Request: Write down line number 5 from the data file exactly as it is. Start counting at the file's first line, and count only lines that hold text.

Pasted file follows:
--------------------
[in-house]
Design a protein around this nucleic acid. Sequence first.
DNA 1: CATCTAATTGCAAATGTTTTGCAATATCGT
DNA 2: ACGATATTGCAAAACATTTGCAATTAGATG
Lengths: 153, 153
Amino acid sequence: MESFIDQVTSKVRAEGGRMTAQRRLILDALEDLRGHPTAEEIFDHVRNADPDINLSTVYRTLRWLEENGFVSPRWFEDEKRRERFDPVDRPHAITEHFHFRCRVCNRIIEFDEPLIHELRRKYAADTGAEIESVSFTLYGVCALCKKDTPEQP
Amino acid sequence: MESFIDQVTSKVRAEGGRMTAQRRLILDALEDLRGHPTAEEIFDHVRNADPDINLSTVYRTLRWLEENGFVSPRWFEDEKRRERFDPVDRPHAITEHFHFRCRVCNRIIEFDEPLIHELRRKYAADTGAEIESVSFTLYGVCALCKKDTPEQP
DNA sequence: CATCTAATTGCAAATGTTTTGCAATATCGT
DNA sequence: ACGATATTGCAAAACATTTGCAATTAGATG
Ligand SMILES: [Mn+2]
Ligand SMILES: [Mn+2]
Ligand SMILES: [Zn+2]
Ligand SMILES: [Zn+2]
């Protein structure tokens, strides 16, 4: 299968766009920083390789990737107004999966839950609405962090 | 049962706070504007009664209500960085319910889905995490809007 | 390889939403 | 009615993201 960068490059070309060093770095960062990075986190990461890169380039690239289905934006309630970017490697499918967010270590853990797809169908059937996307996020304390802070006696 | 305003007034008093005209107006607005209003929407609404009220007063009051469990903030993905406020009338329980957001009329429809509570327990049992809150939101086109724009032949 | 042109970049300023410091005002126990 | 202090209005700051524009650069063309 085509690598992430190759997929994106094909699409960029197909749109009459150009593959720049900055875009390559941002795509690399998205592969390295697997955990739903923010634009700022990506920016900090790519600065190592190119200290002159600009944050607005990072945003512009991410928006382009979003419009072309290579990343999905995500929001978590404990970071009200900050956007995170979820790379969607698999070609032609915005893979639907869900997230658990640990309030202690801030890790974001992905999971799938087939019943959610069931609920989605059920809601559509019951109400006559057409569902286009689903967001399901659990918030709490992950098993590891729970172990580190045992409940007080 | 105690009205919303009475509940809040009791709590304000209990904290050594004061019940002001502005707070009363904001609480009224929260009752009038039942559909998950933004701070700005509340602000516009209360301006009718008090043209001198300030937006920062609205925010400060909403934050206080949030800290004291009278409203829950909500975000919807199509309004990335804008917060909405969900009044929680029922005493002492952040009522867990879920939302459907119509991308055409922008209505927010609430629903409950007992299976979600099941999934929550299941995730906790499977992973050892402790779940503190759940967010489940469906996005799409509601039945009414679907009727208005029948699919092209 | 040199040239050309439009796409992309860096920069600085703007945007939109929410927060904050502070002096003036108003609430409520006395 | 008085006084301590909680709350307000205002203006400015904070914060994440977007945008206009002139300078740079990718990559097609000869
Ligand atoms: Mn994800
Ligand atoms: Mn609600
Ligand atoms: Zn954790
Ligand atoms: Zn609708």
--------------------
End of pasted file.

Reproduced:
Lengths: 153, 153